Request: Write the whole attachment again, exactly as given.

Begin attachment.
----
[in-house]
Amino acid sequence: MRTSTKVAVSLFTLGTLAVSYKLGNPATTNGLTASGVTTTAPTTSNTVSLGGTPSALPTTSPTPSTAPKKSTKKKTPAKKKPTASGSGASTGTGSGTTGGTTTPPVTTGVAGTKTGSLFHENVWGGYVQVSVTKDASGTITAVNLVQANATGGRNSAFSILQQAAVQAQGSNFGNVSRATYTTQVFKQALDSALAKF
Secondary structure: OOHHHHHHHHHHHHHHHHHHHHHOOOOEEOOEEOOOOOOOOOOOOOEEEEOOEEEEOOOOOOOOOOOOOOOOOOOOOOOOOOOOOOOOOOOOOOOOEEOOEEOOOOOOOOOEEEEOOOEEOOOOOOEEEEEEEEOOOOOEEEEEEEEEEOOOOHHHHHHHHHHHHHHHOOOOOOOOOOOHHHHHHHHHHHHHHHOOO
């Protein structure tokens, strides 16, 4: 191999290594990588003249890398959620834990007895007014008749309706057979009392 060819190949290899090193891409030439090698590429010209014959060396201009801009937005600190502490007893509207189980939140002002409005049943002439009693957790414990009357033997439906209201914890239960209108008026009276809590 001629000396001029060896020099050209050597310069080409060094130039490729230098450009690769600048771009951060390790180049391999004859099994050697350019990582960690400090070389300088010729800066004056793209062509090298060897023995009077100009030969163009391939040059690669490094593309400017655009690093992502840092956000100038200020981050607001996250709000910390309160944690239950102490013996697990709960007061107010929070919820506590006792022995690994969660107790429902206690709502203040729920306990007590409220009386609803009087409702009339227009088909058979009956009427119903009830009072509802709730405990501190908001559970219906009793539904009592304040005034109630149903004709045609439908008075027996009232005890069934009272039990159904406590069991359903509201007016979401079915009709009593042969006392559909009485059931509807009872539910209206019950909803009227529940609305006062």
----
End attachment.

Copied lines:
[in-house]
Amino acid sequence: MRTSTKVAVSLFTLGTLAVSYKLGNPATTNGLTASGVTTTAPTTSNTVSLGGTPSALPTTSPTPSTAPKKSTKKKTPAKKKPTASGSGASTGTGSGTTGGTTTPPVTTGVAGTKTGSLFHENVWGGYVQVSVTKDASGTITAVNLVQANATGGRNSAFSILQQAAVQAQGSNFGNVSRATYTTQVFKQALDSALAKF
Secondary structure: OOHHHHHHHHHHHHHHHHHHHHHOOOOEEOOEEOOOOOOOOOOOOOEEEEOOEEEEOOOOOOOOOOOOOOOOOOOOOOOOOOOOOOOOOOOOOOOOEEOOEEOOOOOOOOOEEEEOOOEEOOOOOOEEEEEEEEOOOOOEEEEEEEEEEOOOOHHHHHHHHHHHHHHHOOOOOOOOOOOHHHHHHHHHHHHHHHOOO
């Protein structure tokens, strides 16, 4: 191999290594990588003249890398959620834990007895007014008749309706057979009392 060819190949290899090193891409030439090698590429010209014959060396201009801009937005600190502490007893509207189980939140002002409005049943002439009693957790414990009357033997439906209201914890239960209108008026009276809590 001629000396001029060896020099050209050597310069080409060094130039490729230098450009690769600048771009951060390790180049391999004859099994050697350019990582960690400090070389300088010729800066004056793209062509090298060897023995009077100009030969163009391939040059690669490094593309400017655009690093992502840092956000100038200020981050607001996250709000910390309160944690239950102490013996697990709960007061107010929070919820506590006792022995690994969660107790429902206690709502203040729920306990007590409220009386609803009087409702009339227009088909058979009956009427119903009830009072509802709730405990501190908001559970219906009793539904009592304040005034109630149903004709045609439908008075027996009232005890069934009272039990159904406590069991359903509201007016979401079915009709009593042969006392559909009485059931509807009872539910209206019950909803009227529940609305006062």